In January 1999, the NBA faced the onset of an existential crisis. At the end of a six-month labor dispute that reduced the season to just 50 games, Michael Jordan, the most popular star on the market, announced his retirement (for the second time). Over the next few years, the NBA’s average attendance dropped every year, television ratings steadily dropped, and by 2001, only 15% of 18- to 24-year-olds had an interest in the league. Emerging talents like Kobe Bryant, Dirk Nowitzki and Kevin Garnett are just beginning to attract loyal fans, and the NBA knows they need to pivot away from the linear entertainment model to appeal to a younger demographic. older age.
Around the same time, Shad “Bow Wow” Moss (later “Lil Bow Wow”) had quickly become the biggest children’s performer — one of the greatest musicians of the period — indeed. the — throughout the country. As hip-hop saturated the mainstream and became the best-selling music genre, the 11-year-old, who was originally discovered by Snoop Dogg in the early 90s, exploded with his first album, ” Beware of Dogs”. sold $2.7 million records and went platinum in 2001. In addition to selling out her first 50-day tour that year, the rap superstar also began to venture into Hollywood, becoming guest-starring in movies and mini-TV shows taking advantage of his unsurpassed personality and charm.
So, in 2002, when the producers of a fantasy movie about children’s basketball called Like Mike approached the league about lending their emerging basketball photos to a basketball fantasy movie starring Moss, it sounded like a scam. The film, about a 13-year-old boy who gains Michael Jordan’s court skills by wearing an all-star magic-enhanced sneakers, promises to be the NBA’s gateway to audiences. pretending to be teenagers. In the film, a soaring orphan boy named Calvin Cambridge (Moss), joins a (newly created) NBA team, the Los Angeles Knights, and sends them into a fray. Now, thanks to all the tournament participation, Calvin’s fictional path to the title will pit him against real, then budding superstars like Vince Carter, Tracy McGrady and Allen Iverson, as well as famous players like Alonzo Mourning and Jason Kidd.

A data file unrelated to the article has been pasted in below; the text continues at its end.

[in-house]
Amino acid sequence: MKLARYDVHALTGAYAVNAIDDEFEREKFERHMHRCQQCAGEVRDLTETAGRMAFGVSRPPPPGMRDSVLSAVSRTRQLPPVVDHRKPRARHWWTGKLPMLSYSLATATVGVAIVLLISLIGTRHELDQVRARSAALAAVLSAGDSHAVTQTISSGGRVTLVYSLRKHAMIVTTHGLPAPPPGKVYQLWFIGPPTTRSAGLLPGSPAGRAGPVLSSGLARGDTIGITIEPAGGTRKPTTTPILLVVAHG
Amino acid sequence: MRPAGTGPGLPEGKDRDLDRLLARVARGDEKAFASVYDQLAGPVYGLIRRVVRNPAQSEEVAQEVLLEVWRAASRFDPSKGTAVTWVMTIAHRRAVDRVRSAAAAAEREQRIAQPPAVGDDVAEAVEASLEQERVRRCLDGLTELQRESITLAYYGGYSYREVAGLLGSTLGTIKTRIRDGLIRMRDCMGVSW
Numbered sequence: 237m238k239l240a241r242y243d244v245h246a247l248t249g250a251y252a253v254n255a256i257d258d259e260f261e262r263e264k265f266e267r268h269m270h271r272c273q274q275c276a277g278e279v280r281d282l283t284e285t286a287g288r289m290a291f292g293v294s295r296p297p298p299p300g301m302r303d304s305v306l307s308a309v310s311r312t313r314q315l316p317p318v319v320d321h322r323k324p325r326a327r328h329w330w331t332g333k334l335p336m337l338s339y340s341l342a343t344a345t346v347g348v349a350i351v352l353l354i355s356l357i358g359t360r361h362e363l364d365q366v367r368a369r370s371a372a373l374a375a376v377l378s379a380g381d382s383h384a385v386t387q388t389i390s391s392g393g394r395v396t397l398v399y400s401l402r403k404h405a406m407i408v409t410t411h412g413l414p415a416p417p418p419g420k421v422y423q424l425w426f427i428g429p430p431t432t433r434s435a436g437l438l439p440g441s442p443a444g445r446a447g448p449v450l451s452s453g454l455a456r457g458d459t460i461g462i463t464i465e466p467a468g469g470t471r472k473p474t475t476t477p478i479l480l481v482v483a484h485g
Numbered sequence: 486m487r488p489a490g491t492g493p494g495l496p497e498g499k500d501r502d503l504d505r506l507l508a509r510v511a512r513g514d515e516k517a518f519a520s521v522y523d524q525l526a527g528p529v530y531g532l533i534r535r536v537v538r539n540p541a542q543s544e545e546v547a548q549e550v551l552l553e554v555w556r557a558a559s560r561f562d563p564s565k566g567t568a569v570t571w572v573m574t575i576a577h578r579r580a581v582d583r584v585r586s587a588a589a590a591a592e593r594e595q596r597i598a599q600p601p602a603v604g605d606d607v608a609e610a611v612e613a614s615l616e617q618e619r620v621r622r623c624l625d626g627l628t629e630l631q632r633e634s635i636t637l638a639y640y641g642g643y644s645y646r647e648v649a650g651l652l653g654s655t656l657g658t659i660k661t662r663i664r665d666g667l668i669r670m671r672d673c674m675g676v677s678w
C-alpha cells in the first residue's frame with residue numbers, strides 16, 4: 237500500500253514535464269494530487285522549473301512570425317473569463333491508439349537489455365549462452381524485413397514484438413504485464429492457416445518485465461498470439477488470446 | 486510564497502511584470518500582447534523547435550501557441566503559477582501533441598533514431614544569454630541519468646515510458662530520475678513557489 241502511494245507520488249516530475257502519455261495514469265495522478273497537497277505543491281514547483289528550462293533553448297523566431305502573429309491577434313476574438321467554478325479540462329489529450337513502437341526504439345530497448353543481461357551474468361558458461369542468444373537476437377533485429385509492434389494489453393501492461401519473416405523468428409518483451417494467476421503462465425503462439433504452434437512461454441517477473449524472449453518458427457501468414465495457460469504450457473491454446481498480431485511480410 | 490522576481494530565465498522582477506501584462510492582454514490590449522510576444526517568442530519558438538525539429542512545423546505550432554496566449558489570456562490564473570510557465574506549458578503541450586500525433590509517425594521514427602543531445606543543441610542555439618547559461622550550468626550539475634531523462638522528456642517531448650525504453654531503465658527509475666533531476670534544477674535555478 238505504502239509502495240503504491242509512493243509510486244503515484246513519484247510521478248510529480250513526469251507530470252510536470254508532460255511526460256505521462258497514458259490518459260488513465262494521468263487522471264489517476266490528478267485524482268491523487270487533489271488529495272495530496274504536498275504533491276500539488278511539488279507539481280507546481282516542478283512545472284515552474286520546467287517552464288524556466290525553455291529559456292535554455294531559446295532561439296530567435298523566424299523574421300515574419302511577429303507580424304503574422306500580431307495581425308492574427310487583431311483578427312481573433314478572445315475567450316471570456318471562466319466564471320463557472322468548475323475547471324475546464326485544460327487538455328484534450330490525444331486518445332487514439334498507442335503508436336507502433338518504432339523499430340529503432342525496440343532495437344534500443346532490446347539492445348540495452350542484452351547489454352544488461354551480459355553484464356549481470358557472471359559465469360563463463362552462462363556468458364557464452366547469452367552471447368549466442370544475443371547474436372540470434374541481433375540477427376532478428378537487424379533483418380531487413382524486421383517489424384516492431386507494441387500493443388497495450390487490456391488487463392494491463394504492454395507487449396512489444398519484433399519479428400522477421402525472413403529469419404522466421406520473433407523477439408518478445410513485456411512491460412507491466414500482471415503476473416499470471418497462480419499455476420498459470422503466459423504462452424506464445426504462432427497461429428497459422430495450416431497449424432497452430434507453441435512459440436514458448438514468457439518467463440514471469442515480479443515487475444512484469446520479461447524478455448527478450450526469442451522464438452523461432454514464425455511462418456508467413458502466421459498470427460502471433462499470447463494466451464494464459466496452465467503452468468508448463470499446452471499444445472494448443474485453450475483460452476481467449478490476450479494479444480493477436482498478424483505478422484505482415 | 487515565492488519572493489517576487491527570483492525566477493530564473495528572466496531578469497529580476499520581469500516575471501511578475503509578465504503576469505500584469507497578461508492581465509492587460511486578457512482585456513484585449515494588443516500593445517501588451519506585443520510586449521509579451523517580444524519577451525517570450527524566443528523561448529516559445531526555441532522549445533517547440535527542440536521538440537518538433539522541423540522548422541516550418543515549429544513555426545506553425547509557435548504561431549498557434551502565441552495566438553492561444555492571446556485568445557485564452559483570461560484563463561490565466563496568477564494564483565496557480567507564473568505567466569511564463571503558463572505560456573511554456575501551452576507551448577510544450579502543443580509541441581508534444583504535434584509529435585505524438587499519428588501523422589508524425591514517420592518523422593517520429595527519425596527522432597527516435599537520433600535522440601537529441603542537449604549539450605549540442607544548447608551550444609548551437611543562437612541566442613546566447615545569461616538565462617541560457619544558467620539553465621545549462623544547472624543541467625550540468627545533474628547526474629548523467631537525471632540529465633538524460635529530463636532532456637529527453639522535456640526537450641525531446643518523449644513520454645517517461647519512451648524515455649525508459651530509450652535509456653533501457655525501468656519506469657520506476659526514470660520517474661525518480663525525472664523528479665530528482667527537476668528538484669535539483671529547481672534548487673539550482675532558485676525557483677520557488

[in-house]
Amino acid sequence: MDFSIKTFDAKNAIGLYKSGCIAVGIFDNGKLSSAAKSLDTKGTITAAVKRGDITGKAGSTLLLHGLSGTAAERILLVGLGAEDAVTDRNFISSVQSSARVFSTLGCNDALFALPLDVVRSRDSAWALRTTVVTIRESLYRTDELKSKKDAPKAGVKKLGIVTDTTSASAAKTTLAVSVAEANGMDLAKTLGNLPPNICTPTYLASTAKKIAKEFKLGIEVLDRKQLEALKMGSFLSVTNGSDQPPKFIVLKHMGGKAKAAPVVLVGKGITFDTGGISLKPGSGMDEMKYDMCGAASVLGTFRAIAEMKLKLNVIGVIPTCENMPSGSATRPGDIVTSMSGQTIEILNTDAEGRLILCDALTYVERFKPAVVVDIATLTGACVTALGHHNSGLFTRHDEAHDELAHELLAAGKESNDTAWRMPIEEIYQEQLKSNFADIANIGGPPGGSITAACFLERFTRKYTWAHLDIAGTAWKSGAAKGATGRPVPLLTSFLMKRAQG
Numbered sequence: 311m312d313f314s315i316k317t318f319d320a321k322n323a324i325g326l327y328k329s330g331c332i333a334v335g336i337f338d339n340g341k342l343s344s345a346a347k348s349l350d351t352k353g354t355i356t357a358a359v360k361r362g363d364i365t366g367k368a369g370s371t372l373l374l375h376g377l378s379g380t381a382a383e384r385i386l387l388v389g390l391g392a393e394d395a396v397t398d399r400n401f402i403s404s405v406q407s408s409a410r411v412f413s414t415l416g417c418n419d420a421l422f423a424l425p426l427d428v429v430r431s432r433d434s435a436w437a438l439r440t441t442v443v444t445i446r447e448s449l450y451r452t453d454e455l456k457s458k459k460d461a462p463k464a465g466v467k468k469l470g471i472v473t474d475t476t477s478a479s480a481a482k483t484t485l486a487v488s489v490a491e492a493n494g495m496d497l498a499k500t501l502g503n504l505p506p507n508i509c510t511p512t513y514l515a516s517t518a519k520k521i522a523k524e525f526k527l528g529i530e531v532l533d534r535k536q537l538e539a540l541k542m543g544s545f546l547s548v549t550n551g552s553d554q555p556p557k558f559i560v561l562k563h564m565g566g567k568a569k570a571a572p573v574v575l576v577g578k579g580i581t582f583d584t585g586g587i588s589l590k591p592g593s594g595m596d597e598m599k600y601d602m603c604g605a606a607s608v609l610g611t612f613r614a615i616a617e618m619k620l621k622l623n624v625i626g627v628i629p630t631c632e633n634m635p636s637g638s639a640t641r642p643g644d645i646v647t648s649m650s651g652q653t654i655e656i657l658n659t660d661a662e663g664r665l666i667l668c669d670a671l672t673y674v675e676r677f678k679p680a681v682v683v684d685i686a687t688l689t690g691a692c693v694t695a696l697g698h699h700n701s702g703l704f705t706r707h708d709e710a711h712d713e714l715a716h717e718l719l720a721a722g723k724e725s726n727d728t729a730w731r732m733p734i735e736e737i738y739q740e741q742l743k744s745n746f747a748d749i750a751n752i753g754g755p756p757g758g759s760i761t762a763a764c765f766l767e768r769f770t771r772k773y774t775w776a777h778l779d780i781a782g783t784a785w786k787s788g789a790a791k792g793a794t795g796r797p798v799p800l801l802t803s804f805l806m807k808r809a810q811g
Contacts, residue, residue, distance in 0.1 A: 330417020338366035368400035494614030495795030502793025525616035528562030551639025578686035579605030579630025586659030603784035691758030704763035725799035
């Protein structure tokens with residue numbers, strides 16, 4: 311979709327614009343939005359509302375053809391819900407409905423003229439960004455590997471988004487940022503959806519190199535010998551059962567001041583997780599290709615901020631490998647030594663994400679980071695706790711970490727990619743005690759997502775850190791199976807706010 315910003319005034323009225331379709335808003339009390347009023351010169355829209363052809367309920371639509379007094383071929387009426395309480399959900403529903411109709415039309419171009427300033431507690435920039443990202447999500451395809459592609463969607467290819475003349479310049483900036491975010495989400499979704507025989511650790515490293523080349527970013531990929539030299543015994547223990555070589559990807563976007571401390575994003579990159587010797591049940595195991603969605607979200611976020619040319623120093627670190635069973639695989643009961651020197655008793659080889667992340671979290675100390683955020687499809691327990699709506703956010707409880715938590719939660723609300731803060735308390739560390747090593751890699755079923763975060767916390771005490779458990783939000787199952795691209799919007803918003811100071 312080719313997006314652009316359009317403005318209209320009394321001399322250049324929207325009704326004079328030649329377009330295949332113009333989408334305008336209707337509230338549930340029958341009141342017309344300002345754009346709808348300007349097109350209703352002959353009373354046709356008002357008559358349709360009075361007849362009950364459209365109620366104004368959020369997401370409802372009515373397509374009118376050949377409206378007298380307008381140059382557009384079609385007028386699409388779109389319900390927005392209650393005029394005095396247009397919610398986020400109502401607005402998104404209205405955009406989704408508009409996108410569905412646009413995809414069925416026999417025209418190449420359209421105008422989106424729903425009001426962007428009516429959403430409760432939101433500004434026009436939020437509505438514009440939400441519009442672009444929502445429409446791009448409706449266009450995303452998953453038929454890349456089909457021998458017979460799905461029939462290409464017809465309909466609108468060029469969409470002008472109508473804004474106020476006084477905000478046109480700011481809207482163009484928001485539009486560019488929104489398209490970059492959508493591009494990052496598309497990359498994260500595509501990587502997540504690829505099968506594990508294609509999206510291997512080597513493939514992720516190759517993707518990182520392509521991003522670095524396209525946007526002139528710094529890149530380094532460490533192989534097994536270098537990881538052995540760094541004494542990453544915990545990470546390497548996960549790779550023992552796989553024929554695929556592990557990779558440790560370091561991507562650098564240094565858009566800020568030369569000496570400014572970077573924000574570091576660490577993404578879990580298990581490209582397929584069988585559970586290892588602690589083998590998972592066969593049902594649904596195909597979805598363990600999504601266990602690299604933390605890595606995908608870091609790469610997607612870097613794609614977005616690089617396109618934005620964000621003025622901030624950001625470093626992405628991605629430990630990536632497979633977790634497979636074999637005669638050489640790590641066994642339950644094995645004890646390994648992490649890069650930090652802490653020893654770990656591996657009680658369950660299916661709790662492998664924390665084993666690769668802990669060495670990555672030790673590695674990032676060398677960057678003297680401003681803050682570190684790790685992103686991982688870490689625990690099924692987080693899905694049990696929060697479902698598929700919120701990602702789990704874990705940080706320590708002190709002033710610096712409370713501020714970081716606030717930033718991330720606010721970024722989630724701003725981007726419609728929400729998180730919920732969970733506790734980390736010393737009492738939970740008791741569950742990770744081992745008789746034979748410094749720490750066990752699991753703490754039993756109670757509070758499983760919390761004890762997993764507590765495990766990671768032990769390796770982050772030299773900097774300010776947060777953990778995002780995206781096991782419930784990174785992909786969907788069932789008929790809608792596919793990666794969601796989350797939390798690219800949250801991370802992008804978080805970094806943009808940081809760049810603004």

At the very least, it’s a fruitful partnership for both film and professional basketball. Released twenty years ago this week, Like Mike grossed $52 million, and its popularity among young millennials continued to boom throughout the DVD afterlife to huge profits; the movie is now a basic nostalgia for those who grew up watching it over and over again. But its larger legacy is the way it represents the mainstream convergence of basketball and hip-hop cultures, which heralded the NBA’s dramatic rise in youth and signaled an increasingly symbiotic relationship. rising between Hollywood and professional sports. “This definitely gave me a wave of energy that I didn’t think I could get just by being a rapper,” Moss said. “The NBA has turned a new leaf – it’s a perfect marriage.”
When writer Michael Elliott first introduced producer Peter Heller his manuscript to Like MikeHeller knew he had something special. “I said, ‘That’s Red shoes and basketball, it was amazing,” he recalls. “I haven’t had this kind of certainty more than two or three times.” It didn’t take long for Elliott to find his star: He recalled the moment he had witnessed two years earlier on the set of the MTV drama, Carmen: A Hip Hopera, when Moss guest-starred music producer Jermaine Dupri on the field. Moss said: “I was always into sports as a kid watching Michael Jordan. “When I became famous, I was still playing in tournaments through Ohio and Indiana and the midwest.”
https://www.gq.com/story/like-mike-20th-anniversary-bow-wow How Bow Wow Energized a New Generation of NBA Fans with ‘Like Mike’